Therapy for Shame Issues
- Are you often self-critical?
- Are you prone to feeling guilty?
- Do you tend to be perfectionistic?
- Do you often feel that your performance is a reflection of your value as a person?
- Are you sensitive to rejection?
- Do you tolerate disrespect and abuse in relationship?
- Do you seek approval from others?
- Do you procrastinate and struggle to follow through on your intentions?
We all know the experience of feeling shame. Having a sense that we are wrong, bad, or undeserving are all ways in which we may feel shame. Generally speaking, shame differs from guilt in that shame is the thought/feeling of “being bad” whereas guilt is a thought/feeling of having “done something bad.” Shame may stem from how others have treated us historically and how we have learned to perceive ourselves. Such perceptions can then be reinforced by our behaviors and experiences that we have. Feelings of shame can lead to long-lasting relationship, professional, and sexual difficulties. Engaging in therapy can allow us to further understand the roots of our shame and help us become more self-accepting.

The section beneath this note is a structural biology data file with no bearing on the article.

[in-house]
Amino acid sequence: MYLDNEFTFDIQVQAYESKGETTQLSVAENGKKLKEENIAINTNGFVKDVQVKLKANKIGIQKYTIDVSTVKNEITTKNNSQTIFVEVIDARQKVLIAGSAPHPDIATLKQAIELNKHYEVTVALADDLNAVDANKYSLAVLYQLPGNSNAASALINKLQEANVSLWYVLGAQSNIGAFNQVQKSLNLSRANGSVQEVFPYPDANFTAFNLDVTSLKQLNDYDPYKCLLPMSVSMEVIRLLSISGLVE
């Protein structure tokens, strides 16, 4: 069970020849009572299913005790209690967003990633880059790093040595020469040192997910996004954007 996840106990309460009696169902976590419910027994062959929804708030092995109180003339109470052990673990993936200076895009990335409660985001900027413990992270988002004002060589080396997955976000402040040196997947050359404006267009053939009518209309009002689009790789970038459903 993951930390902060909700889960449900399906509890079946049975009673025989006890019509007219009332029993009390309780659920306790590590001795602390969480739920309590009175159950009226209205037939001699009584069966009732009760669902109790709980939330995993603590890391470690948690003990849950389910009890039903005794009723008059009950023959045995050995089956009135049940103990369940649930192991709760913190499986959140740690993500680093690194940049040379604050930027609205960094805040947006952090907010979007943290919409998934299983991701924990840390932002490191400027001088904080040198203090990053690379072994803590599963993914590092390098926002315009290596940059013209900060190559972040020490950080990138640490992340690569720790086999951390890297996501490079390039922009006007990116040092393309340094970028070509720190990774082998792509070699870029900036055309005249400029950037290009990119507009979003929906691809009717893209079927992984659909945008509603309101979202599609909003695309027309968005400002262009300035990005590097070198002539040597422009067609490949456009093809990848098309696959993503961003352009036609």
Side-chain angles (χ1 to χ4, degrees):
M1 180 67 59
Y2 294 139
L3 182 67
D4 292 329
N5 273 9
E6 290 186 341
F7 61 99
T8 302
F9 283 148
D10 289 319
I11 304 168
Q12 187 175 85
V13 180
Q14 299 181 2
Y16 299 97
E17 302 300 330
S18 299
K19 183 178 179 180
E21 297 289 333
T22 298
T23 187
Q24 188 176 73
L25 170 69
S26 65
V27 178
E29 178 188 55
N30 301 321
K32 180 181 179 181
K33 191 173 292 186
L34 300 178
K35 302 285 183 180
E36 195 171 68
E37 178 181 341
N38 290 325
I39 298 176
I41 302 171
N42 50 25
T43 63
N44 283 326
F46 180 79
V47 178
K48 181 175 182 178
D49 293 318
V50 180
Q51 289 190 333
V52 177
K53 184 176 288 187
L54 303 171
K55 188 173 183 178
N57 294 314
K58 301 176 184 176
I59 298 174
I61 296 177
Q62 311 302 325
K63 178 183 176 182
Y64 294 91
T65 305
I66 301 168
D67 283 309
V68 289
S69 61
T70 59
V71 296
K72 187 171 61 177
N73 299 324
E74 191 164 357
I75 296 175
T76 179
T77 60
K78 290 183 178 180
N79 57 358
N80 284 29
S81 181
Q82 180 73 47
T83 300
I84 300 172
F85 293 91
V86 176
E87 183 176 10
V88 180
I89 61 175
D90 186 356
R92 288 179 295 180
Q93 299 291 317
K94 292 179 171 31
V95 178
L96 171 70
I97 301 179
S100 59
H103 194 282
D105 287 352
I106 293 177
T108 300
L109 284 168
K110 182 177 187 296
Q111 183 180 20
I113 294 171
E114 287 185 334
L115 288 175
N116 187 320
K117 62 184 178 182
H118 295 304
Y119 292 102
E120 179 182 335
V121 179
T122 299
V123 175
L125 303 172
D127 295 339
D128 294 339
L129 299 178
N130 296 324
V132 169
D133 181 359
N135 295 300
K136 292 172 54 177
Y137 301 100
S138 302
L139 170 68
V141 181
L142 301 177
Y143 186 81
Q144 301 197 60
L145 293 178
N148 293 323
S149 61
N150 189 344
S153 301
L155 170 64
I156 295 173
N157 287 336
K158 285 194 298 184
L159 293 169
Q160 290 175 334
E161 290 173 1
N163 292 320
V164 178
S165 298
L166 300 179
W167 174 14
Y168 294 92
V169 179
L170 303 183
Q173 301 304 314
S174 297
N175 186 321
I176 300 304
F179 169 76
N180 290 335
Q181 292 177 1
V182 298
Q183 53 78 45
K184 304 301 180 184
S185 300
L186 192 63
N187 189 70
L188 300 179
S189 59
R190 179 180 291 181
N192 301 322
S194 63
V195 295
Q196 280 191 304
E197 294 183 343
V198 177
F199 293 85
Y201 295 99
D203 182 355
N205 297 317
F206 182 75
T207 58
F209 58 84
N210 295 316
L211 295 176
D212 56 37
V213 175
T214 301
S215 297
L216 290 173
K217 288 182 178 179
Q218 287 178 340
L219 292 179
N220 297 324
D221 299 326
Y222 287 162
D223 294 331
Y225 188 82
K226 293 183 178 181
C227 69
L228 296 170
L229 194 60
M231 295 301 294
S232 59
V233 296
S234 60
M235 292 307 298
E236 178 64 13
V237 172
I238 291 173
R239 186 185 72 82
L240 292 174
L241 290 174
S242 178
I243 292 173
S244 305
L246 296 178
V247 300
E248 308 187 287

What is therapy for shame like?
Therapy can help you overcome shame by helping you to develop a healthy, objective perspective of yourself and your behaviors. Therapy may help you explore what the roots of your shame are and how such feelings have been reinforced through other people’s treatment of you and by your own behaviors at times. Therapy can also help you find ways to be more loving and compassionate with yourself so that you can more fully embrace yourself as you are.
Benefits of therapy for shame
- Understanding the causes and contributors to your shame
- Giving you an opportunity to process your feelings of shame so that you do not have to harbor them yourself
- Relieving shame-related symptoms, including anxiety, depression, and unhealthy behaviors (e.g., addictive behaviors)
- Developing a healthier, more objective perspective of yourself
- Gaining greater self-acceptance